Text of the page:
Hundreds of sun-starved Sydneysiders have swarmed to the beach to soak up the first taste of summer after weeks of La Nina downpours battered the east coast – but there’ll be a few more rainy days leading up to Christmas.
A heatwave barrelling across large swathes of Australia brought a much-needed reprieve to the Harbour City on Tuesday after unabating rain dominated the start of December.
Sunseekers flocked to Sydney’s eastern suburbs to spend the day swimming, surfing, and lazing on the foreshore as the mercury hit 26C.
The warm weather was felt across most of the state, with towns in the north and central west bearing the brunt of the heat as temperatures climbed past 30C.
The Bureau of Meteorology has warned temperatures will heat up even more on Wednesday and into the weekend, particularly in the northern inland, before rain hits on Thursday and Sunday.
Christmas Day itself is predicted to be a cloudy and humid day, with temperatures topping 24C in the Harbour City.
Hundreds of Sydneysiders flocked to the beach on Tuesday to soak up the first taste of sun this summer
A woman wearing an orange bikini walks back to her towel after going for a swim at Bondi Beach on Tuesday
Two women sunbake on the sand at Bondi Beach on Tuesday after two weeks of rain lashed Sydney
While NSW enjoyed sunshine, Victoria is bracing for wild weather overnight with severe thunderstorm warnings for some parts of the state.
The Bureau of Meteorology (BOM) has advised residents in the East Gippsland to beware of damaging winds and large hail expected to the region on Tuesday night.
Despite the cooler conditions, Victoria, like the rest of the country has enjoyed the hottest week of its summer, with warm temperatures across the state on Monday.
A cool change moving west across Melbourne on Monday night saw strong gusty winds reaching 67km/h sweep over the southern suburbs and Geelong drop from 31C to 26C in 10minutes.
In the state’s north, temperatures will remain above 30C throughout the rest of the week, while the mercury will rise again in the Garden City over the weekend.
Meanwhile, most parts Queensland can expect sunshine all week, with the exception of isolated showers and thunderstorms for the Gulf and northwest.
Although the region remains sunny, major flooding continues about parts of the southeastern interior of Queensland, including the Balonne and Weir rivers.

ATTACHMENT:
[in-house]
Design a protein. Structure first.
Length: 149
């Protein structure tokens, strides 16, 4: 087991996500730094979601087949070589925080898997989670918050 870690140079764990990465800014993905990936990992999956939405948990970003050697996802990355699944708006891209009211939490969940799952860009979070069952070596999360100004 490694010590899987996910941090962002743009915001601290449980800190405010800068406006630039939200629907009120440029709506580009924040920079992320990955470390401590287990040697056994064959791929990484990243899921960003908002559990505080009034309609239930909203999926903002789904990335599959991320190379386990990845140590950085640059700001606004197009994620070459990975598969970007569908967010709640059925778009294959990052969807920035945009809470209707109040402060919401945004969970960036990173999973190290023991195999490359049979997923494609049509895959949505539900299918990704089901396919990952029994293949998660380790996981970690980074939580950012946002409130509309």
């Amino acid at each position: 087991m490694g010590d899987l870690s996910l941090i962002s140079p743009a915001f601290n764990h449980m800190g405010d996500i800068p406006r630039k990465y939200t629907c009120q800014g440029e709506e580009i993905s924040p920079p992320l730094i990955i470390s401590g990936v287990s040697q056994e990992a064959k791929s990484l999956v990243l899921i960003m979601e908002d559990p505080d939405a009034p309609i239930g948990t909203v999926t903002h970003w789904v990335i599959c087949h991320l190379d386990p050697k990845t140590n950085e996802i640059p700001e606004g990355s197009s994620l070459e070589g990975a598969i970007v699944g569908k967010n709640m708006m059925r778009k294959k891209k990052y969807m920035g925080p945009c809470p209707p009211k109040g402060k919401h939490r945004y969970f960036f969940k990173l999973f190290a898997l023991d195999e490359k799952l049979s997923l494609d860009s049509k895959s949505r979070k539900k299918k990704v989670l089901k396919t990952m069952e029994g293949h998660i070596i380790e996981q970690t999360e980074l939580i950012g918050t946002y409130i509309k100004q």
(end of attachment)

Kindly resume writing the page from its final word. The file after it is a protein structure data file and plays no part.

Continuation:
Despite the looming heatwave, there is still a chance Australians could be in for a wet Christmas with ‘higher than average rainfall’ for the next few weeks.
BOM is forecasting summer will be wetter than usual for the eastern side of the country due to a La Nina weather system – though this is expected to ease in late January bringing finer weather.
Two women recline in beach chairs on Bondi Beach on Tuesday as a heatwave brings a streak of warm weather to most parts of the country
Sunseekers enjoy the first taste of summer at Bondi Beach on Tuesday after the La Nina weather system brought weeks of wet weather to the east coast
Three women catch up for a day at the beach in Sydney’s eastern suburbs on December 14
Some parts of Queensland and NSW are still on alert from the recent rain fall as moderate to major flooding continues across numerous rivers in both states.
Flood warnings are in place for most catchments across inland NSW.
Meanwhile, the wild weather that has been lashing the east coast has also led to widespread flooding in multiple states and a subsequent surge in insurance claims.
NRMA Insurance says the number of weather-related damage claims during the spring season, which included NSW’s wettest November on record, was 35 per cent above average.
All up, 10,000 homes claimed weather damage from the insurer in Queensland, NSW and the ACT.
NRMA data shows nearly half the claims were for hail damage in the Coffs Harbour region on the NSW north coast in October, with wild weather responsible for two-thirds of claims.
The insurer’s natural perils executive manager Mark Leplastrier says it has been ‘an ominous start to storm season’.
A heatwave barrelling across Australia has seen temperatures climb past 30C for larges swathes of the country
After two weeks of rain and today’s temperatures hovering in the mid-20’s – Sydney-siders hit Bondi Beach for some sun and relaxation
‘Spring featured some of the most unpredictable and extreme weather we have seen in many years, and with a La Nina system now declared, we could be in for more wet weather over summer,’ he said.
There has been some relief from flooding in NSW at least, with river heights dropping in several areas around the state after persistent wet weather.
The Hunter River has receded below minor flood levels, as have the Severn and Hawkesbury rivers.
Minor to moderate flooding is still occurring along the Gwydir, Macquarie, Macintyre, Bogan, Murrumbidgee, Warrego, Paroo, and Snowy rivers.
There is still a risk of major flooding on the Namoi, Lachlan, Barwon, and Weir rivers.
A surfer rides a wave back to shore at Bondi Beach on December 14 as the weeks of endless rain finally stopped
A woman enjoys her day off as she sunbakes in the sand at Sydney’s Bondi Beach
Two men enjoyed some beers as they soaked up the sun at Bondi Beach on Tuesday following weeks of rain
The Namoi could send Wee Waa back into isolation with a major flood peak of near 7.1 metres predicted on Tuesday night.
Mr Lepastrier said climate change impacts could make severe storms more frequent over a wider area, and seven out of 10 people in a recent survey said they worried natural disasters were increasing in frequency and severity.